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You said "for richer and for poorer," and you meant it. But you also want to make sure that, among everything you share, there are some resources -- and the freedom and peace of mind that come with them -- for you. In fact, experts say it's perfectly okay, if not wise, to carve out some financial independence for yourself, both for now and for whatever the future may bring.
"Financial independence is important in a marriage because it can also mean 'independence of thought,'" says Tina B. Tessina, PhD, a psychotherapist in Long Beach, California and author of How to Be a Couple and Still Be Free (New Page Books, 2002). "A woman who has some financial independence is free to state her mind, disagree, ask for what she wants, and a woman who doesn't is not."
But what kind of "financial independence"? Why would you need it if you've already gotten the Prince Charming, white dress, and the joint checking you always dreamed of? Isn't "financial independence" a nicer way of saying "Making sure you don't get screwed in a divorce?" And if so, what's an even nicer way to discuss it with your partner?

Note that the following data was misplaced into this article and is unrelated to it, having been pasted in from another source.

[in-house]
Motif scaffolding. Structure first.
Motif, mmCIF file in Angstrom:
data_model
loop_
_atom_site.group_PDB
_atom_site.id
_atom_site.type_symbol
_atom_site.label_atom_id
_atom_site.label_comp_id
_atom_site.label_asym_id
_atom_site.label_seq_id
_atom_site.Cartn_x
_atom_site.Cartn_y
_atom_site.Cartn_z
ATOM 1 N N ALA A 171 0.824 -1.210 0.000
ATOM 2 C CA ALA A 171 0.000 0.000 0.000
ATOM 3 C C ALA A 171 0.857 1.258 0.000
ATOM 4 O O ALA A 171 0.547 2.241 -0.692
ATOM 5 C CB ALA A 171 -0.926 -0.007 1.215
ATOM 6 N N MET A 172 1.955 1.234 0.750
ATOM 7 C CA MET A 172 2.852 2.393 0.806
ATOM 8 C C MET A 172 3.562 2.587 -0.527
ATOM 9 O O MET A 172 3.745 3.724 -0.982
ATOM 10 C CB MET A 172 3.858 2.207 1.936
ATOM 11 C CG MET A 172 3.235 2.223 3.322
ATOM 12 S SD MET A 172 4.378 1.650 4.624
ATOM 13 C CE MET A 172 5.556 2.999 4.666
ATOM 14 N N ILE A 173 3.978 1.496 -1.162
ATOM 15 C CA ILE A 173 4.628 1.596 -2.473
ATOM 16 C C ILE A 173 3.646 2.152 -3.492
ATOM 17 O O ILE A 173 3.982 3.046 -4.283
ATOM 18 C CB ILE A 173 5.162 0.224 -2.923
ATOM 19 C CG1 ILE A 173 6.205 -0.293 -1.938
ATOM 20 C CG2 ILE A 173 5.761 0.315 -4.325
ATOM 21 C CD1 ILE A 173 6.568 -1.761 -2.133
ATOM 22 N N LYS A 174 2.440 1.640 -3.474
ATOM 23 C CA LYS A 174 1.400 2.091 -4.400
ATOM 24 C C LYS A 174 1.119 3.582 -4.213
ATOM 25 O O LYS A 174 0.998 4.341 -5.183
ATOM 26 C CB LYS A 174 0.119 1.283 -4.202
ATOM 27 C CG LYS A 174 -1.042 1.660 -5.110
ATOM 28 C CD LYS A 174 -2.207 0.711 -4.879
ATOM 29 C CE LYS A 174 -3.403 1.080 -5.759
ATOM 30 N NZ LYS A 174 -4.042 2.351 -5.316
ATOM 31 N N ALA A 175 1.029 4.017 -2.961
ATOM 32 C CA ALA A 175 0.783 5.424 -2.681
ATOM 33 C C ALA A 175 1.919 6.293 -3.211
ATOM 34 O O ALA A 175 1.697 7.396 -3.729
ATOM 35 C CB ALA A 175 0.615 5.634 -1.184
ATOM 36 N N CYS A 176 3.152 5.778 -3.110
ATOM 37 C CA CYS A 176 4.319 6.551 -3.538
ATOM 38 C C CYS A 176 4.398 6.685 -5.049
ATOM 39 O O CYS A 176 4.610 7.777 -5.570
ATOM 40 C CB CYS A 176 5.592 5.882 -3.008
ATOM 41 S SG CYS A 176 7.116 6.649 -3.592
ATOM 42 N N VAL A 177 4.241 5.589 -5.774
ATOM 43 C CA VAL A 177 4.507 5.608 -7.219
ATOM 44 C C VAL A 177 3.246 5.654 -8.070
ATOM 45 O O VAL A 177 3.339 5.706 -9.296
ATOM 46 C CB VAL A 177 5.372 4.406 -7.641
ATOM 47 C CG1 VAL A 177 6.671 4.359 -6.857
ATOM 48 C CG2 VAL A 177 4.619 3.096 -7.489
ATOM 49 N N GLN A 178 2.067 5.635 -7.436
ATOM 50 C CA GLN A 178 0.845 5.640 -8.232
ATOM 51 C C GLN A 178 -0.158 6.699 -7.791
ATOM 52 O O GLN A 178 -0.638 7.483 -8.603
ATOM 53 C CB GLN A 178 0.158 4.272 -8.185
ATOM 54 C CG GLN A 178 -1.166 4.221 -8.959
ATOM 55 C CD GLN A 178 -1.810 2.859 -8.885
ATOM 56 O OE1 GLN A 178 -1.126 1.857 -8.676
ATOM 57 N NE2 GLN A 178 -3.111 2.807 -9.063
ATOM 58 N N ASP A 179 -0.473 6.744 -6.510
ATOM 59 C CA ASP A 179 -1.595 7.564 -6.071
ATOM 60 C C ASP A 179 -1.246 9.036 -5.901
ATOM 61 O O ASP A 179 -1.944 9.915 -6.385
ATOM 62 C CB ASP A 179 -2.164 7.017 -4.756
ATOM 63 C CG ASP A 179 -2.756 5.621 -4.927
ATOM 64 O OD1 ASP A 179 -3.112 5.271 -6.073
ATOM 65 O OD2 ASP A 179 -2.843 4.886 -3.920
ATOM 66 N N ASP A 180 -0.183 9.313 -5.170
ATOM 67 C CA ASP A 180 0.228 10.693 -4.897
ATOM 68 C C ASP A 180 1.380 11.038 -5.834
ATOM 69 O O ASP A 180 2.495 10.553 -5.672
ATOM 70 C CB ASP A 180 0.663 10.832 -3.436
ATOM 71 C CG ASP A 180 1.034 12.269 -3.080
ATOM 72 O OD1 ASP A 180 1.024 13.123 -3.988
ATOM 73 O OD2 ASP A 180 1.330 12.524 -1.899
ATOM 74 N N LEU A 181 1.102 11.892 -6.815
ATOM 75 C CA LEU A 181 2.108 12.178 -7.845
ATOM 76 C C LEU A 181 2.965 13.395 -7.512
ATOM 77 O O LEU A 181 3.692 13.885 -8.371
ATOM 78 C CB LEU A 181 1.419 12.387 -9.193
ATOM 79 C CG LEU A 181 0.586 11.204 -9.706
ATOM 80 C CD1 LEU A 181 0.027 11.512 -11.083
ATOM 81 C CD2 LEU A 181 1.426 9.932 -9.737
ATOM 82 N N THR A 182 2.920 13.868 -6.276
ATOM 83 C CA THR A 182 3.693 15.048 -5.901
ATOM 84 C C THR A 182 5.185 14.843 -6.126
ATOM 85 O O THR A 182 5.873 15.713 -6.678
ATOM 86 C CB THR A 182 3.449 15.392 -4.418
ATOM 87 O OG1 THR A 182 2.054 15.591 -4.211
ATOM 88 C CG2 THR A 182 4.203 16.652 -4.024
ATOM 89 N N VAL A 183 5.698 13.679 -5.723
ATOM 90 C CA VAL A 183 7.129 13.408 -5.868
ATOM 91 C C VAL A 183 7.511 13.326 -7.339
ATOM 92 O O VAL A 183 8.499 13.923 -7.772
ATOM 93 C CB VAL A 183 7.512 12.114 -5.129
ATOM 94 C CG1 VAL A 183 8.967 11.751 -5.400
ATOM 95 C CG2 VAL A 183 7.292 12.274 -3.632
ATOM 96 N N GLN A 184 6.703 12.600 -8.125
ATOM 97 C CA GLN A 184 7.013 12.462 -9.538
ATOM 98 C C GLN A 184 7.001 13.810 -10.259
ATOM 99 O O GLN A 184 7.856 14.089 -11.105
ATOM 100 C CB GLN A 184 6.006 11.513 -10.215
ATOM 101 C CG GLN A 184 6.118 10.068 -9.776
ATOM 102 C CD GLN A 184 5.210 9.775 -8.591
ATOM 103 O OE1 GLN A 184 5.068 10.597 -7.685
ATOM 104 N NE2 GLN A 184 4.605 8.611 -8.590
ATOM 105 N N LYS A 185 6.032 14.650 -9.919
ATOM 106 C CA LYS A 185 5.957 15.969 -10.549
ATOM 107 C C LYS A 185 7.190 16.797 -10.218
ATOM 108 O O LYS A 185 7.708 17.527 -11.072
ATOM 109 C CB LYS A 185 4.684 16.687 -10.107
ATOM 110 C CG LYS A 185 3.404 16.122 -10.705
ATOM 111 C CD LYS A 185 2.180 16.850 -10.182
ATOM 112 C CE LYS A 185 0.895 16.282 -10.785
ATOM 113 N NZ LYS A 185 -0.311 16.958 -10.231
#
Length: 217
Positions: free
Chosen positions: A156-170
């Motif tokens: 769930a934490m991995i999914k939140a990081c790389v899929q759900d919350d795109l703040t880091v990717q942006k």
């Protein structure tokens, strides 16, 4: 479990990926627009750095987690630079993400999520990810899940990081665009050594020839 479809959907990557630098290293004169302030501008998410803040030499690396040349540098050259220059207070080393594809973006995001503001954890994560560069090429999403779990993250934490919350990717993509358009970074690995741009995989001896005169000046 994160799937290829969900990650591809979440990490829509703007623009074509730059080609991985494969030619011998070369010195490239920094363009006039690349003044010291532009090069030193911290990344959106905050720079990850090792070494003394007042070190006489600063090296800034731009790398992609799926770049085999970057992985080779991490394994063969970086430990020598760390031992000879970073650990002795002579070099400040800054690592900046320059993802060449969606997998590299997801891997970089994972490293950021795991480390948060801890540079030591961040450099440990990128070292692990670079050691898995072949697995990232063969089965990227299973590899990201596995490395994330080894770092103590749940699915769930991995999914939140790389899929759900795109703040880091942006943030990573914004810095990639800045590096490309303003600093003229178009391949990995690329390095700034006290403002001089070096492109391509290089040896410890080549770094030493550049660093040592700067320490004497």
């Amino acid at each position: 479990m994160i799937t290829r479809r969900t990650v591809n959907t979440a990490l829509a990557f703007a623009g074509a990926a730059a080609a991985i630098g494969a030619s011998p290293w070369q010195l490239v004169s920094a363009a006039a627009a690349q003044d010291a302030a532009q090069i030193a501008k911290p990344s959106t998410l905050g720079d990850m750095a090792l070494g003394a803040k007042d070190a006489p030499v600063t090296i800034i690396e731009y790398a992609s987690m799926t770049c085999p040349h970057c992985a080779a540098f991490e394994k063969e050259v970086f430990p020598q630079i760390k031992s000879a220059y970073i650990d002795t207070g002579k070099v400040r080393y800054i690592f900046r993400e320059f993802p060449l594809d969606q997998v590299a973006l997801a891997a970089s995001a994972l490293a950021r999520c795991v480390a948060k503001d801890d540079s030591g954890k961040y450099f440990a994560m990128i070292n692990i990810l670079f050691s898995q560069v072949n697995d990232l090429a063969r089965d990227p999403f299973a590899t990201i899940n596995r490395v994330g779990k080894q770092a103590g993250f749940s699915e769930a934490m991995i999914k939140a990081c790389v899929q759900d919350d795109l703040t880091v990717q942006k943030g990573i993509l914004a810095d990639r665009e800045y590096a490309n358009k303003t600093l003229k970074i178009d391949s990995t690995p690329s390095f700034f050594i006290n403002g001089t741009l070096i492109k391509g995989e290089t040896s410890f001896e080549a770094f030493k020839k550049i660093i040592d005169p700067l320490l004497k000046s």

"Financial independence" means lots of things to lots of women. For one thing, especially as women marry later and later -- having lived on their own in the meantime -- many are independent when they walk down the aisle, and see no reason to change things. The next generation seems to be making similar plans. According to a Rutgers University study, the desire to "make it on my own" before getting married is increasingly important to twentysomething women (especially African-Americans). Of course, as the divorce rate still hovers around 50 percent, they may also want to make sure that, if necessary, they could "make it" after marriage as well. (A woman's standard of living can drop up to 27 percent after a divorce, while a man's may rise by 10 percent, according to the National Marriage Project.)